How engaged are your employees??

Last night I had the privilege  to see François-Frédéric Guy perform in his Sydney debut as part of the Sydney Symphony’s International Pianists in Recital Series. François-Frédéric performed three Chopin and three Beethoven pieces to a packed crowd of piano lovers. In particular he performed:

CHOPIN 
Nocturne in C minor, Op.48 No.1 
Nocturne in E, Op.62 No.2 
Polonaise-fantaisie, Op.61 
BEETHOVEN 
Sonata No.31 in A flat, Op.110 
‘Tempest’ Sonata, Op.31 No.2 
‘Moonlight’ Sonata, Op.27 No.2

I was lucky enough to be in the front row, just out of hand sight but still awesome seats, essentially I was able to get up close and personal with François-Frédéric during his performance. I could see the emotion in his body, the sweat dripping from his face, the frantic movement of the pedals and hammers in the amazing Steinway concert grand. The music was awe inspiring.FRANCOIS-FREDERIC GUY

In recognition of how much he had put into his performance the audience responded with round after round of applause, resulting in 2 encore performances.

I could not help but reflect on how engaged François-Frédéric was; the emotion, the love, the sweat he poured into his work, and how if organisation could replicate this then they would succeed beyond the expectations of any board directors or group of shareholders.

Each note he played must of been practiced thousands and thousands of times. But every note he played had passion and feeling to ensure that his customers had the best possible experience he could deliver.

Now he was not perfect, he made several errors most undetectable to to the average listener but they were there. However none of the experts (my mother is a piano teacher and musical educator) in the auditorium said anything, they all came back from the interval and continued to enjoy the performance.

So let’s contrast this with the average companies talent management practices. How many organisation’s employees are so engaged that they would give everything into every single transaction they perform? How many managers would still provide a stand ovation to their employees for a fantastic job, even if there were a few hiccups along the way? How many organisations would give prizes (François-Frédéric received flowers) every time an employee completes their daily job?

All of these things took place last night during François-Frédéric’s performance.

So I ask what are you doing to make your employees want to work as tirelessly to succeed as François-Frédéric did? What are you doing to have policies and procedures to enable such a performer? How can your performance review processes be enhanced so that a meaningful standing ovation can be provided for outstanding work?

Finally how are you providing a meaningful and supportive environment?

What do executives in Australia want?

On Monday my colleague Philip Tusing, co-author of the Sources of Talent Report, released his latest report, Executive Monitor. An eye opening look at what 1,332 executives are thinking in Australia about all sorts of different topics from compensation, education, recruiters and personal branding.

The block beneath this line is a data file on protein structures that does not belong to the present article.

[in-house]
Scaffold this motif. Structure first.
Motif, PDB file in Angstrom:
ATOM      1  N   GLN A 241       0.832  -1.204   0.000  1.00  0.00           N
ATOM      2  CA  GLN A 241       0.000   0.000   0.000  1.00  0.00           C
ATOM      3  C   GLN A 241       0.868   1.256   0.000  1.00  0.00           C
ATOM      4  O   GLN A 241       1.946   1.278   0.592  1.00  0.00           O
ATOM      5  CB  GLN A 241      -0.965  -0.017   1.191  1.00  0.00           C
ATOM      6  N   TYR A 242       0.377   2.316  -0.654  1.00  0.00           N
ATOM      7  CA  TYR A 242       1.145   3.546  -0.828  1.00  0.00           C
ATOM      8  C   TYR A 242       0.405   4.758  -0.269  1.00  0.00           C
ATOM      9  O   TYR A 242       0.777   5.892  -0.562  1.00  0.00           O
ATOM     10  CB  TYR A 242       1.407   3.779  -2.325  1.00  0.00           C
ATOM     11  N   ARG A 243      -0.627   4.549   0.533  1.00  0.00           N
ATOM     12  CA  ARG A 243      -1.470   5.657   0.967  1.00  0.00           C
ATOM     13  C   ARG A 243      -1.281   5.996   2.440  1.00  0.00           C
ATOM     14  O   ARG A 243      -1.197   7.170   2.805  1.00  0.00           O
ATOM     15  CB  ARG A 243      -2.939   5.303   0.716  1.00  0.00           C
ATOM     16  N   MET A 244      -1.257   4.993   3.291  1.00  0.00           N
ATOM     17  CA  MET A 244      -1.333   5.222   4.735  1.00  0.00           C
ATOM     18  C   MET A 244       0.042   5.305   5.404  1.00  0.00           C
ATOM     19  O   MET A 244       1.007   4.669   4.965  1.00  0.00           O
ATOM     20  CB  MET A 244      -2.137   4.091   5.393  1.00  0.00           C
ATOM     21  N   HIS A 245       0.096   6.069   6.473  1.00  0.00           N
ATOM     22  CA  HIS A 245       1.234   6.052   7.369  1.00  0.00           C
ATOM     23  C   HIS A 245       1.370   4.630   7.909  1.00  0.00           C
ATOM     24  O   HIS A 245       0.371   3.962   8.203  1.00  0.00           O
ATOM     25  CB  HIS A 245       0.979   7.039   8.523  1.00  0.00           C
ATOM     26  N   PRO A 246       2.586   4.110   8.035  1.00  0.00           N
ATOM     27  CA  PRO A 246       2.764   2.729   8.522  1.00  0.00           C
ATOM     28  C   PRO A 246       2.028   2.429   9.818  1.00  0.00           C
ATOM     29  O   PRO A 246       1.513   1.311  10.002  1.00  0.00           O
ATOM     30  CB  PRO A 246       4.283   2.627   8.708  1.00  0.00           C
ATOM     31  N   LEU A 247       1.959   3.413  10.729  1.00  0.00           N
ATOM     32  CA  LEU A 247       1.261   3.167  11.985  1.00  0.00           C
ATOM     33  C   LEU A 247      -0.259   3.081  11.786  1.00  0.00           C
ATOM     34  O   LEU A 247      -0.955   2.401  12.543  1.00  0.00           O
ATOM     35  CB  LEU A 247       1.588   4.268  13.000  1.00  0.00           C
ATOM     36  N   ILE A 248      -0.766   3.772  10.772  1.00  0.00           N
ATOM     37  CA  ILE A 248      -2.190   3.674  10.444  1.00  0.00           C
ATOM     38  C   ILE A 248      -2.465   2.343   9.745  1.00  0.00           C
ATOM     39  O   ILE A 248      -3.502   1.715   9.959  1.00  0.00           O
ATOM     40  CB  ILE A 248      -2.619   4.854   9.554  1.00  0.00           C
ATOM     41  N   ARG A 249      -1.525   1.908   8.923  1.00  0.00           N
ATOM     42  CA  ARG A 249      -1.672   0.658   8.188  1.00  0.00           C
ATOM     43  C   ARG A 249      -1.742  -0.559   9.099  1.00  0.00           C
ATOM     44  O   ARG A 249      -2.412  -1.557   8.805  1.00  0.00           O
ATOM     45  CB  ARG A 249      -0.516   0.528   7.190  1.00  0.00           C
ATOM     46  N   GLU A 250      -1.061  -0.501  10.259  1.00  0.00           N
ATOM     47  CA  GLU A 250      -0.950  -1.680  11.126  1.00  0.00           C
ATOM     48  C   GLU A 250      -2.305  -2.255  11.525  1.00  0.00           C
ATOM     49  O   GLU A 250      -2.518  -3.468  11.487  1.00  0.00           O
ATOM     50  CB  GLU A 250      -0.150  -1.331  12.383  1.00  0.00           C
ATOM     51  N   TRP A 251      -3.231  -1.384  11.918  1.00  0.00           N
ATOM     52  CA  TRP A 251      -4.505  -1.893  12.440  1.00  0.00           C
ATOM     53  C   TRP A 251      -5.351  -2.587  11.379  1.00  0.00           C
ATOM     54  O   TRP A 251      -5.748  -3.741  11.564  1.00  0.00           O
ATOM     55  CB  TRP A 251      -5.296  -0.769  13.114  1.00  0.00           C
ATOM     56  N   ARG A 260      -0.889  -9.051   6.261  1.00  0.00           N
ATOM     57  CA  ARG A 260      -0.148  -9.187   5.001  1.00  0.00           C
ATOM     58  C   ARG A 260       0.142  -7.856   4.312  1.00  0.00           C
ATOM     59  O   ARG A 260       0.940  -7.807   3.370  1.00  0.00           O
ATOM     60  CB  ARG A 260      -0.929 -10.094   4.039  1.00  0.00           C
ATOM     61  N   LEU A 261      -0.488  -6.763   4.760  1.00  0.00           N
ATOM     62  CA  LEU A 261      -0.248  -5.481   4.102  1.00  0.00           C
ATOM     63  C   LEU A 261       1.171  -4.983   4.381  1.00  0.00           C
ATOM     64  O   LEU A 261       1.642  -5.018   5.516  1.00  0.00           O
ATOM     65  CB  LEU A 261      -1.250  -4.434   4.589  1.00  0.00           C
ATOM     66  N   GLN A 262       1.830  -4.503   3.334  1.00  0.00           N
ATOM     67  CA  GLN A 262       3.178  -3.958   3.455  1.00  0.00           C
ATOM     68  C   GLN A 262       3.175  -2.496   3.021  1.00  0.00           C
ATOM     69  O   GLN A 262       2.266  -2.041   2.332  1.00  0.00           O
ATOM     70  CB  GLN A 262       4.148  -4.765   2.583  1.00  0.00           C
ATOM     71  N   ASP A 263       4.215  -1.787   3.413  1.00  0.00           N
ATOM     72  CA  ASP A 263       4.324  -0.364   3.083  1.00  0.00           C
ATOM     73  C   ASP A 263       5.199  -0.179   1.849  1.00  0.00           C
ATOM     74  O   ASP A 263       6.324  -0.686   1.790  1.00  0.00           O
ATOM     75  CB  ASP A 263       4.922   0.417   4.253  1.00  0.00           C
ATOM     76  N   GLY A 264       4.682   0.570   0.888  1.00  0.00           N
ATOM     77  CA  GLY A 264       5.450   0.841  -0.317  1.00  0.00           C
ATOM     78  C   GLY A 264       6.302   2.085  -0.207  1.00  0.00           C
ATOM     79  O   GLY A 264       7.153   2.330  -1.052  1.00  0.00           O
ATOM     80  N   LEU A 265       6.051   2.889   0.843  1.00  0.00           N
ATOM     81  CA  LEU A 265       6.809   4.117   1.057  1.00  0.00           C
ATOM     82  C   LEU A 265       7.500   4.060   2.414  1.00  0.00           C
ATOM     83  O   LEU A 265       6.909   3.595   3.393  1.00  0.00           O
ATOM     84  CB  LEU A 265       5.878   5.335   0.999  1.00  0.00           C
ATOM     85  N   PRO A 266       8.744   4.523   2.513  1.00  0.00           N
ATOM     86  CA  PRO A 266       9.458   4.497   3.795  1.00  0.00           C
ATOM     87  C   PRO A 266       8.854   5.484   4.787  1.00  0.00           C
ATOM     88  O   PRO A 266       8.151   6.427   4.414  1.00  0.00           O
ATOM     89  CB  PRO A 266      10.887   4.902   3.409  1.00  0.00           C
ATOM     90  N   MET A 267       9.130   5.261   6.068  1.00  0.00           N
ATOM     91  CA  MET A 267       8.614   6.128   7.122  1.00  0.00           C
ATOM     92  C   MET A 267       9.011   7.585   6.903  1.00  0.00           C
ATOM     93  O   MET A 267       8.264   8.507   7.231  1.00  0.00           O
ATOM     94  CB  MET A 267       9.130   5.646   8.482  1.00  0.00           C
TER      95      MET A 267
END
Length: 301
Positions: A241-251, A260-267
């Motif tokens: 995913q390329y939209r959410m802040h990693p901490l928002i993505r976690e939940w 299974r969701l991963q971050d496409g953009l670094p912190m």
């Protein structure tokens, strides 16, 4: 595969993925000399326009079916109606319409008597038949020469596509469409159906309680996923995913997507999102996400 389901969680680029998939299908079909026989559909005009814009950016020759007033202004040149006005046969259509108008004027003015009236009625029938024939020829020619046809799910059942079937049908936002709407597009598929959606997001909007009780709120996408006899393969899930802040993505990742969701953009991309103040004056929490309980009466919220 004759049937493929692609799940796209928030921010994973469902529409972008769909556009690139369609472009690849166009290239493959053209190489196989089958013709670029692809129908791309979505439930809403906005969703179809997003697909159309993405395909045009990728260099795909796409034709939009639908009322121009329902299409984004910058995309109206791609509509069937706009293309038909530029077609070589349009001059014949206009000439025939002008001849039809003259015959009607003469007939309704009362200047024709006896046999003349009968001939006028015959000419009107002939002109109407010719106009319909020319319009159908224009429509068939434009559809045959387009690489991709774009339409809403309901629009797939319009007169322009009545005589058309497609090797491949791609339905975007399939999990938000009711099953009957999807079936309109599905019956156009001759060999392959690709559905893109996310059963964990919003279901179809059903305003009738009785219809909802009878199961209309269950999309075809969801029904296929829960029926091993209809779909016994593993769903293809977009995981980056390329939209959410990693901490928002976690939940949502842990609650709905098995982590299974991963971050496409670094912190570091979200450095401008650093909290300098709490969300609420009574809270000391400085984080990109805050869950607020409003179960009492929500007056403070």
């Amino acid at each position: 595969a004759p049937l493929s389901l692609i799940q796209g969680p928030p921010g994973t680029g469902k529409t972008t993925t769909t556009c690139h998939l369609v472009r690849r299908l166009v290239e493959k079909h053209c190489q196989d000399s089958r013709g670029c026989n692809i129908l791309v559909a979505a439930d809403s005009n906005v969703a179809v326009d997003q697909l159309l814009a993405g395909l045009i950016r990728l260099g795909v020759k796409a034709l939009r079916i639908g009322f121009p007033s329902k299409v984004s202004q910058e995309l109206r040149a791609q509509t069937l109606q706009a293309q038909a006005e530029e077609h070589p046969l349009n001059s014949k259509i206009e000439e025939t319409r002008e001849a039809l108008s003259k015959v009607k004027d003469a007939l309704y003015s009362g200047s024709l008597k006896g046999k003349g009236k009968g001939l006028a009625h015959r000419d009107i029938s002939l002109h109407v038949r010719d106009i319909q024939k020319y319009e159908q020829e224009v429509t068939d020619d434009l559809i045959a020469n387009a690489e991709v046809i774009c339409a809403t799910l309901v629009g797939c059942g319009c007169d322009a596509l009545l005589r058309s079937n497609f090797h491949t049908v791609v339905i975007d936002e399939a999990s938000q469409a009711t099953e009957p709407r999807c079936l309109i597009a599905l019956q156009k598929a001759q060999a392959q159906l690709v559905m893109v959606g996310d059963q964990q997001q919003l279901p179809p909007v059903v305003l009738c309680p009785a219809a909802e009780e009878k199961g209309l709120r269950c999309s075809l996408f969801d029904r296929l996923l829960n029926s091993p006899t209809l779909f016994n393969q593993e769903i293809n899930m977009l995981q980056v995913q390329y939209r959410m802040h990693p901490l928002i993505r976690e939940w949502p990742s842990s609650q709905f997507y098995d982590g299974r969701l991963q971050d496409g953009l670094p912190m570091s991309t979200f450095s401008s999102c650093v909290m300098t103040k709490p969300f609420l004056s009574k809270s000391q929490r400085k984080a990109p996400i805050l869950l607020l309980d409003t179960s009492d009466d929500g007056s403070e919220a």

Philip gives a great run down on the key findings on his site, so go read them there as I do not plan to reproduce them here. Instead I wanted to look at what the results mean to me.

I see the key issues from the report being how do employers keep their senior employees both engaged, motivated and working towards the goals of the organisation, instead of just their own personal goals.

Another message from the report I found was that Australian executives are motivated primarily by money and their own success. While this is not necessarily a bad thing, and nor is it limited just to the executive ranks, I think some of the key findings show us a fairly dangerous future.

The number one trigger for a change in job is not growth, development, experience, cultural fit or anything that a majority of HR interventions focus on it is money at 30%. With almost 80% of these employees expecting yearly pay rises between 6 – 10%, way above inflation, and almost 70% see salary as the primary reason to do a good job.

Further concerns are found in the expectations and intentions of these executives. Work life balance while a stated value by the survey respondents was not a primary driving factor when undertaking a job search, money was still number one. All is not good on the branding side either with 90% of executives felt that personal branding was more important than developing that of their employers.

So where do I think this leaves HR? With massive opportunity.

What are your thoughts?

Australian Vendor PeopleStreme – 30% increase in Revenue

Many companies during the last 12 months have experienced either a reduction or at best no growth in revenue, not local vendor PeopleStreme . PeopleStreme, who sell talent management solutions recorded a 30% increase in revenue.